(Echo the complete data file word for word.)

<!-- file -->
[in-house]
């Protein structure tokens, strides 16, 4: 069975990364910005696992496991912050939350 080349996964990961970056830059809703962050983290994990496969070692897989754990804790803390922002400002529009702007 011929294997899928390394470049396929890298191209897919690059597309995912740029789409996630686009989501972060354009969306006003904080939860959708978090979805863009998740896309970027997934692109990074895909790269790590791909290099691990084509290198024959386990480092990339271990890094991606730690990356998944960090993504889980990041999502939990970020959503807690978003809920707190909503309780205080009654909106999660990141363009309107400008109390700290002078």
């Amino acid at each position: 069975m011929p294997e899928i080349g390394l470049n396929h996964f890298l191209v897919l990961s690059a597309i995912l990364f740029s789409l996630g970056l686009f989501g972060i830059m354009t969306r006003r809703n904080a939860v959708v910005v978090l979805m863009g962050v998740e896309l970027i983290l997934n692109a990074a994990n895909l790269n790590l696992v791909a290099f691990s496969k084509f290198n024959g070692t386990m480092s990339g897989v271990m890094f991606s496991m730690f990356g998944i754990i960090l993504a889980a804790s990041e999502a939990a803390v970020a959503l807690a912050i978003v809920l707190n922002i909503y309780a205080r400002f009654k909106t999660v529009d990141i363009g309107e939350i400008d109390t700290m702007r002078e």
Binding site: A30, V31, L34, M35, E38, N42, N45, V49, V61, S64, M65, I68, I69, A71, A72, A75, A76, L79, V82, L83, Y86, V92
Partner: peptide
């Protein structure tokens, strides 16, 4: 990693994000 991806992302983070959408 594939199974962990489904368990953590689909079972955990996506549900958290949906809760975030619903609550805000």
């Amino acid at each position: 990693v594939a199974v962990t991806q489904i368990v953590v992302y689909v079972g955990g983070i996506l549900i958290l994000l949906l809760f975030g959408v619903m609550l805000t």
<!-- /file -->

[in-house]
């Protein structure tokens, strides 16, 4: 069975990364910005696992496991912050939350 080349996964990961970056830059809703962050983290994990496969070692897989754990804790803390922002400002529009702007 011929294997899928390394470049396929890298191209897919690059597309995912740029789409996630686009989501972060354009969306006003904080939860959708978090979805863009998740896309970027997934692109990074895909790269790590791909290099691990084509290198024959386990480092990339271990890094991606730690990356998944960090993504889980990041999502939990970020959503807690978003809920707190909503309780205080009654909106999660990141363009309107400008109390700290002078």
């Amino acid at each position: 069975m011929p294997e899928i080349g390394l470049n396929h996964f890298l191209v897919l990961s690059a597309i995912l990364f740029s789409l996630g970056l686009f989501g972060i830059m354009t969306r006003r809703n904080a939860v959708v910005v978090l979805m863009g962050v998740e896309l970027i983290l997934n692109a990074a994990n895909l790269n790590l696992v791909a290099f691990s496969k084509f290198n024959g070692t386990m480092s990339g897989v271990m890094f991606s496991m730690f990356g998944i754990i960090l993504a889980a804790s990041e999502a939990a803390v970020a959503l807690a912050i978003v809920l707190n922002i909503y309780a205080r400002f009654k909106t999660v529009d990141i363009g309107e939350i400008d109390t700290m702007r002078e």
Binding site: A30, V31, L34, M35, E38, N42, N45, V49, V61, S64, M65, I68, I69, A71, A72, A75, A76, L79, V82, L83, Y86, V92
Partner: peptide
């Protein structure tokens, strides 16, 4: 990693994000 991806992302983070959408 594939199974962990489904368990953590689909079972955990996506549900958290949906809760975030619903609550805000």
């Amino acid at each position: 990693v594939a199974v962990t991806q489904i368990v953590v992302y689909v079972g955990g983070i996506l549900i958290l994000l949906l809760f975030g959408v619903m609550l805000t």